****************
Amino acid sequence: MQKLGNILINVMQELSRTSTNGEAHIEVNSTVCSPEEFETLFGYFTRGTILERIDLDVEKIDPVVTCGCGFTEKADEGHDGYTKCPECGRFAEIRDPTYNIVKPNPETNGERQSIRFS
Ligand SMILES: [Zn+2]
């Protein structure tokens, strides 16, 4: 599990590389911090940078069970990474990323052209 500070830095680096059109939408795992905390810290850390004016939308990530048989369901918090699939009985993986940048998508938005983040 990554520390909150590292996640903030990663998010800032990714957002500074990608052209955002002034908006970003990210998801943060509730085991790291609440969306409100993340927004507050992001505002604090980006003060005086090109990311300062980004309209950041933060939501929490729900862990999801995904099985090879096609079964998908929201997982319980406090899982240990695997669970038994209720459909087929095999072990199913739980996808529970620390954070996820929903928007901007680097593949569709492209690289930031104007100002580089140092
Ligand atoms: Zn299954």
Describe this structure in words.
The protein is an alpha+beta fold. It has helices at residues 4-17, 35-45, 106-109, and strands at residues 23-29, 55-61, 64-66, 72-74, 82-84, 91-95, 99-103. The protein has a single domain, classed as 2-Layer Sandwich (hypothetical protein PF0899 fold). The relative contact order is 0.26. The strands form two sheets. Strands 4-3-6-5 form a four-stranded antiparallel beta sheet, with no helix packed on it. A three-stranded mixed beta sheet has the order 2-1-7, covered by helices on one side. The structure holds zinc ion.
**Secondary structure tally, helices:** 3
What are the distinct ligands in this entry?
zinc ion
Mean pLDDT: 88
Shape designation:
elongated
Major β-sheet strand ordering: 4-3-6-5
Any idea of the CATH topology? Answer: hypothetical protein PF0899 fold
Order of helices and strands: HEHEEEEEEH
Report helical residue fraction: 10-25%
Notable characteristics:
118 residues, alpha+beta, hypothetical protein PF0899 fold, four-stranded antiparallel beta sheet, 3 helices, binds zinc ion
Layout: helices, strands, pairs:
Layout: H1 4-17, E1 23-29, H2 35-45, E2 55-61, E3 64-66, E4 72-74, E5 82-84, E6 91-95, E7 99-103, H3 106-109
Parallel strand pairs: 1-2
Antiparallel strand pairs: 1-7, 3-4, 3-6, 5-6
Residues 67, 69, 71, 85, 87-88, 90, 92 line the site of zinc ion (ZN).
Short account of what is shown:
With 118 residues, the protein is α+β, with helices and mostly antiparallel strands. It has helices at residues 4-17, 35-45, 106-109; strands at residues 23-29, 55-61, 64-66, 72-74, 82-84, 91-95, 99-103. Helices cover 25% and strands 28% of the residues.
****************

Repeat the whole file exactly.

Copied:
Amino acid sequence: MQKLGNILINVMQELSRTSTNGEAHIEVNSTVCSPEEFETLFGYFTRGTILERIDLDVEKIDPVVTCGCGFTEKADEGHDGYTKCPECGRFAEIRDPTYNIVKPNPETNGERQSIRFS
Ligand SMILES: [Zn+2]
């Protein structure tokens, strides 16, 4: 599990590389911090940078069970990474990323052209 500070830095680096059109939408795992905390810290850390004016939308990530048989369901918090699939009985993986940048998508938005983040 990554520390909150590292996640903030990663998010800032990714957002500074990608052209955002002034908006970003990210998801943060509730085991790291609440969306409100993340927004507050992001505002604090980006003060005086090109990311300062980004309209950041933060939501929490729900862990999801995904099985090879096609079964998908929201997982319980406090899982240990695997669970038994209720459909087929095999072990199913739980996808529970620390954070996820929903928007901007680097593949569709492209690289930031104007100002580089140092
Ligand atoms: Zn299954």
Describe this structure in words.
The protein is an alpha+beta fold. It has helices at residues 4-17, 35-45, 106-109, and strands at residues 23-29, 55-61, 64-66, 72-74, 82-84, 91-95, 99-103. The protein has a single domain, classed as 2-Layer Sandwich (hypothetical protein PF0899 fold). The relative contact order is 0.26. The strands form two sheets. Strands 4-3-6-5 form a four-stranded antiparallel beta sheet, with no helix packed on it. A three-stranded mixed beta sheet has the order 2-1-7, covered by helices on one side. The structure holds zinc ion.
**Secondary structure tally, helices:** 3
What are the distinct ligands in this entry?
zinc ion
Mean pLDDT: 88
Shape designation:
elongated
Major β-sheet strand ordering: 4-3-6-5
Any idea of the CATH topology? Answer: hypothetical protein PF0899 fold
Order of helices and strands: HEHEEEEEEH
Report helical residue fraction: 10-25%
Notable characteristics:
118 residues, alpha+beta, hypothetical protein PF0899 fold, four-stranded antiparallel beta sheet, 3 helices, binds zinc ion
Layout: helices, strands, pairs:
Layout: H1 4-17, E1 23-29, H2 35-45, E2 55-61, E3 64-66, E4 72-74, E5 82-84, E6 91-95, E7 99-103, H3 106-109
Parallel strand pairs: 1-2
Antiparallel strand pairs: 1-7, 3-4, 3-6, 5-6
Residues 67, 69, 71, 85, 87-88, 90, 92 line the site of zinc ion (ZN).
Short account of what is shown:
With 118 residues, the protein is α+β, with helices and mostly antiparallel strands. It has helices at residues 4-17, 35-45, 106-109; strands at residues 23-29, 55-61, 64-66, 72-74, 82-84, 91-95, 99-103. Helices cover 25% and strands 28% of the residues.